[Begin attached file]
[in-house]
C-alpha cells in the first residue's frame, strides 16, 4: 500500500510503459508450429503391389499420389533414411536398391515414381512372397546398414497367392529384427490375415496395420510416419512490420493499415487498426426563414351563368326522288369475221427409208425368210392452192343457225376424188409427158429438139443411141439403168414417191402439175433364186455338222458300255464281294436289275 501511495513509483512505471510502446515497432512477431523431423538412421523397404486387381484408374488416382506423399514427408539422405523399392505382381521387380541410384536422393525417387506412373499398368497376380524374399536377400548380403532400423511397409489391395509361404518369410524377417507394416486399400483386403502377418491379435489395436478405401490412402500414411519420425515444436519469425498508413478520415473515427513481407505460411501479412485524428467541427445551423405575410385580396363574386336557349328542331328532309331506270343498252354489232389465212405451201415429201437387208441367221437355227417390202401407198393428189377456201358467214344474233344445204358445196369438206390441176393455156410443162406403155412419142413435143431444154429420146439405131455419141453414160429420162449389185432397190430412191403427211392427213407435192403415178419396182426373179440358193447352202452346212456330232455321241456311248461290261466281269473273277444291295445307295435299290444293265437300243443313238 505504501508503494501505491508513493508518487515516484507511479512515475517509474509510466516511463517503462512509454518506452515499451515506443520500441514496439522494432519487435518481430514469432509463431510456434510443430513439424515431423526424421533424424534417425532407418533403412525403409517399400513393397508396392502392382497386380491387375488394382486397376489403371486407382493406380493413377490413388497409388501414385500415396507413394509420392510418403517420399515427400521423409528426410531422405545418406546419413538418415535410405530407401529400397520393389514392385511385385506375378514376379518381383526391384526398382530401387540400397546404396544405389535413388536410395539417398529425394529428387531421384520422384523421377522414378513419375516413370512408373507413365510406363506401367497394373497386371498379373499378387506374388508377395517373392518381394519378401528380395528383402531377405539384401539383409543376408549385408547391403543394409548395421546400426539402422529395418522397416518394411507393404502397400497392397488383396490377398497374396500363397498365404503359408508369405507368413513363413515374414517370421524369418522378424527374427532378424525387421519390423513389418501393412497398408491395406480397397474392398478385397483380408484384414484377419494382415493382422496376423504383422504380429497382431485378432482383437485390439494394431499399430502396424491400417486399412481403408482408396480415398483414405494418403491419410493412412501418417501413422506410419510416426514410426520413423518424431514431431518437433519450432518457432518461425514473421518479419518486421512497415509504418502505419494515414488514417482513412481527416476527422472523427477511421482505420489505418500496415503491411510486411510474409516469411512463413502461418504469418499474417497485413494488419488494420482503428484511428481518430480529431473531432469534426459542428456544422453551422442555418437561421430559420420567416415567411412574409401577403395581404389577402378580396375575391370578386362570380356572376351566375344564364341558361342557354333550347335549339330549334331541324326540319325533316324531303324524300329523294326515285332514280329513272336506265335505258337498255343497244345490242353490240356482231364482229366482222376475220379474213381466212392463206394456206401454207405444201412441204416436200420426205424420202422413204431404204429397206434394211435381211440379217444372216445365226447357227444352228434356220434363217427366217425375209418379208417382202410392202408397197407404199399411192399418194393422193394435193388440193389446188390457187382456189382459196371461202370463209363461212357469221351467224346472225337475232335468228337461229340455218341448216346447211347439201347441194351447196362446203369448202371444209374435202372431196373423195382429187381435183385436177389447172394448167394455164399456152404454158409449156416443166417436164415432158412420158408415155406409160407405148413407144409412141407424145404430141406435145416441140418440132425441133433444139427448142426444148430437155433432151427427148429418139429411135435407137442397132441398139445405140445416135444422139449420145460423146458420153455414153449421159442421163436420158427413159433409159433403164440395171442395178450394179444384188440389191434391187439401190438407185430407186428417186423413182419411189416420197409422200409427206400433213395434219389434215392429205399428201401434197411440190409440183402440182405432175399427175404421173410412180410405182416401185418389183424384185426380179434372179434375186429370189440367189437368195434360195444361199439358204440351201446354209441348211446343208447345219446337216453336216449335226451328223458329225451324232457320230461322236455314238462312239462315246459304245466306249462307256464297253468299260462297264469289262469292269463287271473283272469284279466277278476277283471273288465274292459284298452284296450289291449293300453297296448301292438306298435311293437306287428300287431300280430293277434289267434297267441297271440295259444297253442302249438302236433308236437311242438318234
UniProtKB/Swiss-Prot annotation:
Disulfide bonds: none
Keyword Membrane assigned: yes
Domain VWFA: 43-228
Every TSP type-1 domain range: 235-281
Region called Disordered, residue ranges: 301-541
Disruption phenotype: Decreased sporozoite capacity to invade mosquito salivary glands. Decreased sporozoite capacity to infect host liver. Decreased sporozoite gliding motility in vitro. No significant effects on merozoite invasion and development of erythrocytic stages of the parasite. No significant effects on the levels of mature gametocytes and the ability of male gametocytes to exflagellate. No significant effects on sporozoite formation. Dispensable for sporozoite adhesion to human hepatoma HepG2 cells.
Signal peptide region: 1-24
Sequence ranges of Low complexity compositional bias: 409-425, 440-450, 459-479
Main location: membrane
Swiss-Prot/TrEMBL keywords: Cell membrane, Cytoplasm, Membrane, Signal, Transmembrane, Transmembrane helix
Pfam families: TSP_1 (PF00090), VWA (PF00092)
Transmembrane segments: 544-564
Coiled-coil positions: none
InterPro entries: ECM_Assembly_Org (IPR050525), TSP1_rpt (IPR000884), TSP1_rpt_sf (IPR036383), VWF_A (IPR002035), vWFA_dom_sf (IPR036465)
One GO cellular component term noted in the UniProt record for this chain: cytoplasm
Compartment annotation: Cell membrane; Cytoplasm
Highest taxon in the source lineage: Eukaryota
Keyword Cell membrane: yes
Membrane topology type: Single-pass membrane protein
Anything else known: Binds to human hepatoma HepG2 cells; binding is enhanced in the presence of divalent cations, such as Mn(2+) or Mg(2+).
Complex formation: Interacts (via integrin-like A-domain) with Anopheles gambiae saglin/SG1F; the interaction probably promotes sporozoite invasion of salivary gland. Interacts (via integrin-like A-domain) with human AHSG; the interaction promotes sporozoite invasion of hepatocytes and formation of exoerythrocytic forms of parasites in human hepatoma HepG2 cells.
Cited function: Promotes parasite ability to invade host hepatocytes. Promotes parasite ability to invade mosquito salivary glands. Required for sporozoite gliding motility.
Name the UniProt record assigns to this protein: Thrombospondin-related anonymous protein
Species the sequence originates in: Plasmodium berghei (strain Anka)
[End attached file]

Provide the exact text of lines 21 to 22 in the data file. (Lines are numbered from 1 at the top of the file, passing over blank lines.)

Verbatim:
Keyword Cell membrane: yes
Membrane topology type: Single-pass membrane protein